'So careful are we where our highest interests are at stake. And not to speak of our oaths,1
you cannot have better assurance that they give whose actions, when compared with their professions, afford a convincing proof that it is their interest to keep their word.
'But if you plead that you cannot accept the proposals which I offer, and insist that you ought not to suffer for the rejection of them because you are our friends; if you are of opinion that liberty is perilous and should not in justice be forced upon any one, but gently brought to those who are able to receive it,—I shall first call the Gods and heroes of the country to witness that I have come hither for your good, and that you would not be persuaded by me: I shall then use force and ravage your country without any more scruple.
I shall deem myself justified by two overpowering arguments. In the first place, I must not permit the Lacedaemonians to suffer by your friendship, and suffer they will through the revenues which the Athenians will continue to derive from you if you do not join me; and in the second place, the Hellenes must not lose their hope of liberation by your fault.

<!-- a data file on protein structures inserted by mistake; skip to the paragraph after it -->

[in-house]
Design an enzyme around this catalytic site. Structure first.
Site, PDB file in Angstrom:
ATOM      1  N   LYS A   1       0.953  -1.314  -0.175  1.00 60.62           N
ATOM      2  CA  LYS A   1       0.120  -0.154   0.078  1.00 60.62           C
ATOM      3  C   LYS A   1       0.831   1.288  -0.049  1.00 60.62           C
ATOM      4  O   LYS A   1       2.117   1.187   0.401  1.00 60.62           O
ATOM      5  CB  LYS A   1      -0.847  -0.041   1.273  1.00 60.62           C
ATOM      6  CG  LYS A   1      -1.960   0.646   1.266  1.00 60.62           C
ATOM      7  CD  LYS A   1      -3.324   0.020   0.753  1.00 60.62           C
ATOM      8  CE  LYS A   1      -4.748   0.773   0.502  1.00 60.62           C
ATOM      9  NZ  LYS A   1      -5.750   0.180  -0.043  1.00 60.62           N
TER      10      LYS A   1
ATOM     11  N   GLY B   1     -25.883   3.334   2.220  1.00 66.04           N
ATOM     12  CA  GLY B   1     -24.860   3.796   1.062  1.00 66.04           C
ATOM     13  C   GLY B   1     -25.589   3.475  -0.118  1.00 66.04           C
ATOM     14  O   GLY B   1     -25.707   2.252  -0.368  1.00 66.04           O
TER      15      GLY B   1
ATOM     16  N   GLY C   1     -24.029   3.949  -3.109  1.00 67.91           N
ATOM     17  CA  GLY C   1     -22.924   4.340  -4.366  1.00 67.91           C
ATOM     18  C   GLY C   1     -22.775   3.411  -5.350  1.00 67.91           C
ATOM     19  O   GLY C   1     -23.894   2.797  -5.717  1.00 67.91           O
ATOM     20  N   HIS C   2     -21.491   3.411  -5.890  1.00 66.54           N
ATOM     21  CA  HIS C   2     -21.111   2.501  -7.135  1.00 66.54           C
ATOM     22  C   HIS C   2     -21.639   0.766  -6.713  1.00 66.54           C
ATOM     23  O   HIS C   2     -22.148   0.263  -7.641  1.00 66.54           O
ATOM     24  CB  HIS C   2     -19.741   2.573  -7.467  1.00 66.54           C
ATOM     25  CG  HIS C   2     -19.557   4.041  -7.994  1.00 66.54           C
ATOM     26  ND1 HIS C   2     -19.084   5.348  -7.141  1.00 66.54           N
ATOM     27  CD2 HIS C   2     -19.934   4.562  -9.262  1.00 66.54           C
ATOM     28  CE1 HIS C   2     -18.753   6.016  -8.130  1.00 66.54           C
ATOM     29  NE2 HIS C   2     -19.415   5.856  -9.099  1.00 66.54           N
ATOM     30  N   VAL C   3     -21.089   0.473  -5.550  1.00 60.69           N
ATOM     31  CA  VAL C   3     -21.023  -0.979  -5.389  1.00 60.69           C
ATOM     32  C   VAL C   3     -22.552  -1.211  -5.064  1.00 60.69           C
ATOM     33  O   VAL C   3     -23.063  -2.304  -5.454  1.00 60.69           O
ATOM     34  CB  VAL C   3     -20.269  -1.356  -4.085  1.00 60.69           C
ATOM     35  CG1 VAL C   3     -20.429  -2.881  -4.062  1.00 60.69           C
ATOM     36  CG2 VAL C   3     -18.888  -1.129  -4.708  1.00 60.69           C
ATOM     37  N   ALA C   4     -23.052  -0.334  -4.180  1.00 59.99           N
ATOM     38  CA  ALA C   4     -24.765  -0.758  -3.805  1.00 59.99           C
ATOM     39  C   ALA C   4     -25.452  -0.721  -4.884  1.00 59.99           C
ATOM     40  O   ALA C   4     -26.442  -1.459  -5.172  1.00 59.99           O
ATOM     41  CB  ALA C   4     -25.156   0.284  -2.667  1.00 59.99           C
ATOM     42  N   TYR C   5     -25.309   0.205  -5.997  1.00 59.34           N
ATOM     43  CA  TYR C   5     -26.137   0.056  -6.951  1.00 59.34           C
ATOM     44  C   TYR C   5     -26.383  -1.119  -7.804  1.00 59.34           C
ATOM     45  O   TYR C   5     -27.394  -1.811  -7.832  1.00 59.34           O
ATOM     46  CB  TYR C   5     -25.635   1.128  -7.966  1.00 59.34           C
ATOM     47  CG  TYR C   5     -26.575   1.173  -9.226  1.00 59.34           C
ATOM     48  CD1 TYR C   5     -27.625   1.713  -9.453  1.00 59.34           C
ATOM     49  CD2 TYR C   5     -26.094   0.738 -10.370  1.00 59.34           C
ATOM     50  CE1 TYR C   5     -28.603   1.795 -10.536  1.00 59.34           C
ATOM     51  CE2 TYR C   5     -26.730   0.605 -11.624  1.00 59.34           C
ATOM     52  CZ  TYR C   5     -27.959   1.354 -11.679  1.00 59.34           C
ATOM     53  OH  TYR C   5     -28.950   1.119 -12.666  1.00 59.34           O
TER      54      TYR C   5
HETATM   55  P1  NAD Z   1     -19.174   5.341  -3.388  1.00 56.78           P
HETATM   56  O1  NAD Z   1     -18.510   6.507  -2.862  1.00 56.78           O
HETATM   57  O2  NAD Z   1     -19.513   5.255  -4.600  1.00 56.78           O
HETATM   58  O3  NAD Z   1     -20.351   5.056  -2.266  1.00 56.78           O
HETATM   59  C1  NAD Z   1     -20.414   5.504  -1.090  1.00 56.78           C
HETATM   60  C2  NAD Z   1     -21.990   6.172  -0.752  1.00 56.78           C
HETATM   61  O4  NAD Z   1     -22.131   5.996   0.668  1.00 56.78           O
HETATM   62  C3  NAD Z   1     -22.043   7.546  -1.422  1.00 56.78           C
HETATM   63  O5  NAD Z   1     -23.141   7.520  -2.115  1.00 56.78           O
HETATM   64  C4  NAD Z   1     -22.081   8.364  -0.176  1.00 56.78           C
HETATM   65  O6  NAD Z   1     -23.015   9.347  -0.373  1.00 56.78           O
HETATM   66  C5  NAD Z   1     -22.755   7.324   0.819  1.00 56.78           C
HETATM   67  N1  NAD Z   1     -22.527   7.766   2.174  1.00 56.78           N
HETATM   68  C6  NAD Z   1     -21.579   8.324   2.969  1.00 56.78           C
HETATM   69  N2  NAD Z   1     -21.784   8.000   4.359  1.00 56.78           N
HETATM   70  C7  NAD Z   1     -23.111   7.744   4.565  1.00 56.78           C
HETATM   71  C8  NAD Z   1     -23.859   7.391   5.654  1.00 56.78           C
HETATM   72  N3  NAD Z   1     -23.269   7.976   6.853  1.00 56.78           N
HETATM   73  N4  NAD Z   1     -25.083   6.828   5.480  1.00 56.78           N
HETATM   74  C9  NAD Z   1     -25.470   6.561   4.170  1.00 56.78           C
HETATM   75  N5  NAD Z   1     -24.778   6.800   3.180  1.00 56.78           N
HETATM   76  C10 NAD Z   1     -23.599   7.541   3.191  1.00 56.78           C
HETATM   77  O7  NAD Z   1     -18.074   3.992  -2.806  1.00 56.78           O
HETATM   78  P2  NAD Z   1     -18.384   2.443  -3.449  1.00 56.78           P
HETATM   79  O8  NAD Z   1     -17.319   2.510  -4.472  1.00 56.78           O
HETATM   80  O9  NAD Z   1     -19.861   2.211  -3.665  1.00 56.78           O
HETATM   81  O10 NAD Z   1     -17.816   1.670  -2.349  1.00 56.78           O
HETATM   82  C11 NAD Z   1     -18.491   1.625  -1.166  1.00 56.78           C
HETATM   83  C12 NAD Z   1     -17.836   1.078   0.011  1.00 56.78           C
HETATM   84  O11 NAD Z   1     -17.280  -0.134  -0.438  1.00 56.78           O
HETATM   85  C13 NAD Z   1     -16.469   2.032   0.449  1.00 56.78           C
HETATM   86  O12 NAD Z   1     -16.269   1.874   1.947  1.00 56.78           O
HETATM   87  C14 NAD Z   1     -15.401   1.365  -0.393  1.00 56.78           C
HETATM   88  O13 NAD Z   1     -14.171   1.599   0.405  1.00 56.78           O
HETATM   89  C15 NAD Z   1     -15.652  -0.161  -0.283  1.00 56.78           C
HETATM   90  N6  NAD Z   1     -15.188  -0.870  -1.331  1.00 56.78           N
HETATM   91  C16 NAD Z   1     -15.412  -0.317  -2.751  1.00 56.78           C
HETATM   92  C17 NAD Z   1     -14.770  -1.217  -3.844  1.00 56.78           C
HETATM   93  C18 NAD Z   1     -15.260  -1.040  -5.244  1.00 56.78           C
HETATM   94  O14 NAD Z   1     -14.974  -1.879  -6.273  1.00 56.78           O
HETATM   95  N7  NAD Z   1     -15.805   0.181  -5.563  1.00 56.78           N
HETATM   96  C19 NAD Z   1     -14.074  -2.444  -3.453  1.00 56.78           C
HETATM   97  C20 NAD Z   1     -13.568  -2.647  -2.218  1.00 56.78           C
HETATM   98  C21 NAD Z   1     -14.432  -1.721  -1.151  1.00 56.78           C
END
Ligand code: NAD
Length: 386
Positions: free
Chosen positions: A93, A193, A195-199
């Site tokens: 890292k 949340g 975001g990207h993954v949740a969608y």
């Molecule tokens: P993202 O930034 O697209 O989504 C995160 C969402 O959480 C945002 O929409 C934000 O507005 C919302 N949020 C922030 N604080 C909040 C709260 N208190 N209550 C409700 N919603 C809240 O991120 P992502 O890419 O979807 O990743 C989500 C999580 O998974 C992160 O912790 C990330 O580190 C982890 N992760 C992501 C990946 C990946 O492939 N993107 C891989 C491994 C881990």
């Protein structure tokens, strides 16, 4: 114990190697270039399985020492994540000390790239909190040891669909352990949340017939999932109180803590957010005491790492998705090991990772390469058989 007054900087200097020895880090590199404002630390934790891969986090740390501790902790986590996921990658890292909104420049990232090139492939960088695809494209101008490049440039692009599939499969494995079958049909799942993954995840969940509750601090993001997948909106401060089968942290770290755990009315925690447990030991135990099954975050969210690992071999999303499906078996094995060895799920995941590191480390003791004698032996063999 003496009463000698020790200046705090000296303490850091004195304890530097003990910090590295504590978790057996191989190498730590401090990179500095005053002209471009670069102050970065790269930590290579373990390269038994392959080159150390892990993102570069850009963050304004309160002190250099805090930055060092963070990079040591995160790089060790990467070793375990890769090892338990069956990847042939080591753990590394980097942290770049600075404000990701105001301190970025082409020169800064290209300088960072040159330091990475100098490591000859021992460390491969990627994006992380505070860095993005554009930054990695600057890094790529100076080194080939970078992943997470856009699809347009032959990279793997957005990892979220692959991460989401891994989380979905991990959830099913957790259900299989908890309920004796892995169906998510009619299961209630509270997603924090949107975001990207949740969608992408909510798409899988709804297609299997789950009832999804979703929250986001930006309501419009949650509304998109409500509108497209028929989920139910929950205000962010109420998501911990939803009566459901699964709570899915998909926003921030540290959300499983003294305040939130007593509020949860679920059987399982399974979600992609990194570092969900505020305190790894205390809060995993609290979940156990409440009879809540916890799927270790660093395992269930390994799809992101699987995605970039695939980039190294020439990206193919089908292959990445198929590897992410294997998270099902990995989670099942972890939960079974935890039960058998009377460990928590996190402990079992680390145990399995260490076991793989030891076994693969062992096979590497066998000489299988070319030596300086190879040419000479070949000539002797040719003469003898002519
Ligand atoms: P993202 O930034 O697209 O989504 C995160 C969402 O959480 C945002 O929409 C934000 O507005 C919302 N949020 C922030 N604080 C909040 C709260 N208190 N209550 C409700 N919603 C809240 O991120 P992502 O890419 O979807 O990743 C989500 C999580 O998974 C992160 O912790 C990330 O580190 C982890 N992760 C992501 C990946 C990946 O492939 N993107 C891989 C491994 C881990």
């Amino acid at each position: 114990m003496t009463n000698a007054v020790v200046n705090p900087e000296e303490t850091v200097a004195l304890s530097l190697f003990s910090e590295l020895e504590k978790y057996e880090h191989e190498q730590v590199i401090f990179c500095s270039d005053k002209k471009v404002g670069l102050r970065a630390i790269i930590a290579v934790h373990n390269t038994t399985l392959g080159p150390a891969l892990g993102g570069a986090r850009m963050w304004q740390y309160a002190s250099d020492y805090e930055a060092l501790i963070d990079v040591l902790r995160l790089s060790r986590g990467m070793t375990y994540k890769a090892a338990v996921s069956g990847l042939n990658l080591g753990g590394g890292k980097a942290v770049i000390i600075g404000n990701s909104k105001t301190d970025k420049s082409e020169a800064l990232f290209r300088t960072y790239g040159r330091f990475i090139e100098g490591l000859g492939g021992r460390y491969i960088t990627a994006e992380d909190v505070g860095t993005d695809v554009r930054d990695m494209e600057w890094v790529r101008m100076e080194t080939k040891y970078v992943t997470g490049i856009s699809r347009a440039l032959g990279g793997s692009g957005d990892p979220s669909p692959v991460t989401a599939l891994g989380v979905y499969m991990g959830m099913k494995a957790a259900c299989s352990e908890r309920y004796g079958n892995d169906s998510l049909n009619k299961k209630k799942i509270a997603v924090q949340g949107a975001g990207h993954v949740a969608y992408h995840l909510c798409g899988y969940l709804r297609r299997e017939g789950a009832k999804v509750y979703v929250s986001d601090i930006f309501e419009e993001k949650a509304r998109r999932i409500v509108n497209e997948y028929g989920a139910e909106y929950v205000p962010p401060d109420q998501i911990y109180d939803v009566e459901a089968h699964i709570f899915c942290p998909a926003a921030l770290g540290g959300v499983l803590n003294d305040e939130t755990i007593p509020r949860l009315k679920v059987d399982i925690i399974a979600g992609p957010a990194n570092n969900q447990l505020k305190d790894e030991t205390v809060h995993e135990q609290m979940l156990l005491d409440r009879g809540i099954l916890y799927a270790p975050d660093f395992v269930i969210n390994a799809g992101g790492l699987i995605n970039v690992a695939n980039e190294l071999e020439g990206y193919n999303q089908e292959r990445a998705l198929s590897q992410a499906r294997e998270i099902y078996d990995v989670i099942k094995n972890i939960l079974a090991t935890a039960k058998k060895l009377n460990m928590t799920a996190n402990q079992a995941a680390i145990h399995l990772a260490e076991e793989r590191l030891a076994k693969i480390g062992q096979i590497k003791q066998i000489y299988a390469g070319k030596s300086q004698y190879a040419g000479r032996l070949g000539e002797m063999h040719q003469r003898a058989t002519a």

On any other ground we should certainly be wrong in taking such a step; it is only for the sake of the general weal that we Lacedaemonians have any right to be forcing liberty upon those who would rather not have it.
For ourselves, we are far from desiring empire, but we want to overthrow the empire of others.
And having this end in view, we should do injustice to the majority if, while bringing independence to all, we tolerated opposition in you. Wherefore be well advised. Strive to take the lead in liberating Hellas, and lay up a treasure of undying fame. You will save your own property, and you will crown your city with glory.'